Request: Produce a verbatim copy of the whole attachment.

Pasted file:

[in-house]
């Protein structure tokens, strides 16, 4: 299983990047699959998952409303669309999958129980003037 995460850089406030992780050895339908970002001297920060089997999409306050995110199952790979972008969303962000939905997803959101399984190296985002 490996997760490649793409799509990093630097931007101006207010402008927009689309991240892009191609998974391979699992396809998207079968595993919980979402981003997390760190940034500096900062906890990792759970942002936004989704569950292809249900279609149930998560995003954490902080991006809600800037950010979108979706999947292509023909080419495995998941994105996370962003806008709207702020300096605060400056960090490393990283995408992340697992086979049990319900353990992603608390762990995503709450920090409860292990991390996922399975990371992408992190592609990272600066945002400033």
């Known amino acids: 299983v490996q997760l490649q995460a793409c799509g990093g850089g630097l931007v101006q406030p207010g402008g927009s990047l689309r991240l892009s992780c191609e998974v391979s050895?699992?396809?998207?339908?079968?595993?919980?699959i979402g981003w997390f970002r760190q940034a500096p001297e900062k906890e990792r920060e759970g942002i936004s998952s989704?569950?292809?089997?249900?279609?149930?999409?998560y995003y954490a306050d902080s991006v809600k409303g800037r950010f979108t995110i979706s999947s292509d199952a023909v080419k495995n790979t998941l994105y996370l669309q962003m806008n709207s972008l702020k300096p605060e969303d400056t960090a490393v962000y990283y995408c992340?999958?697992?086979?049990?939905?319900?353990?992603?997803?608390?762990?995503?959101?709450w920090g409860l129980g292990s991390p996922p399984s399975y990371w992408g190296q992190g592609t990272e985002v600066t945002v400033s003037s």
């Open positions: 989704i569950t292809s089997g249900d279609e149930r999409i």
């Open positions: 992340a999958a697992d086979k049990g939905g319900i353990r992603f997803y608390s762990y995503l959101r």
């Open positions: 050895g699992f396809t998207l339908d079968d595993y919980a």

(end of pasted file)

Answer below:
[in-house]
């Protein structure tokens, strides 16, 4: 299983990047699959998952409303669309999958129980003037 995460850089406030992780050895339908970002001297920060089997999409306050995110199952790979972008969303962000939905997803959101399984190296985002 490996997760490649793409799509990093630097931007101006207010402008927009689309991240892009191609998974391979699992396809998207079968595993919980979402981003997390760190940034500096900062906890990792759970942002936004989704569950292809249900279609149930998560995003954490902080991006809600800037950010979108979706999947292509023909080419495995998941994105996370962003806008709207702020300096605060400056960090490393990283995408992340697992086979049990319900353990992603608390762990995503709450920090409860292990991390996922399975990371992408992190592609990272600066945002400033």
């Known amino acids: 299983v490996q997760l490649q995460a793409c799509g990093g850089g630097l931007v101006q406030p207010g402008g927009s990047l689309r991240l892009s992780c191609e998974v391979s050895?699992?396809?998207?339908?079968?595993?919980?699959i979402g981003w997390f970002r760190q940034a500096p001297e900062k906890e990792r920060e759970g942002i936004s998952s989704?569950?292809?089997?249900?279609?149930?999409?998560y995003y954490a306050d902080s991006v809600k409303g800037r950010f979108t995110i979706s999947s292509d199952a023909v080419k495995n790979t998941l994105y996370l669309q962003m806008n709207s972008l702020k300096p605060e969303d400056t960090a490393v962000y990283y995408c992340?999958?697992?086979?049990?939905?319900?353990?992603?997803?608390?762990?995503?959101?709450w920090g409860l129980g292990s991390p996922p399984s399975y990371w992408g190296q992190g592609t990272e985002v600066t945002v400033s003037s």
């Open positions: 989704i569950t292809s089997g249900d279609e149930r999409i």
């Open positions: 992340a999958a697992d086979k049990g939905g319900i353990r992603f997803y608390s762990y995503l959101r």
């Open positions: 050895g699992f396809t998207l339908d079968d595993y919980a």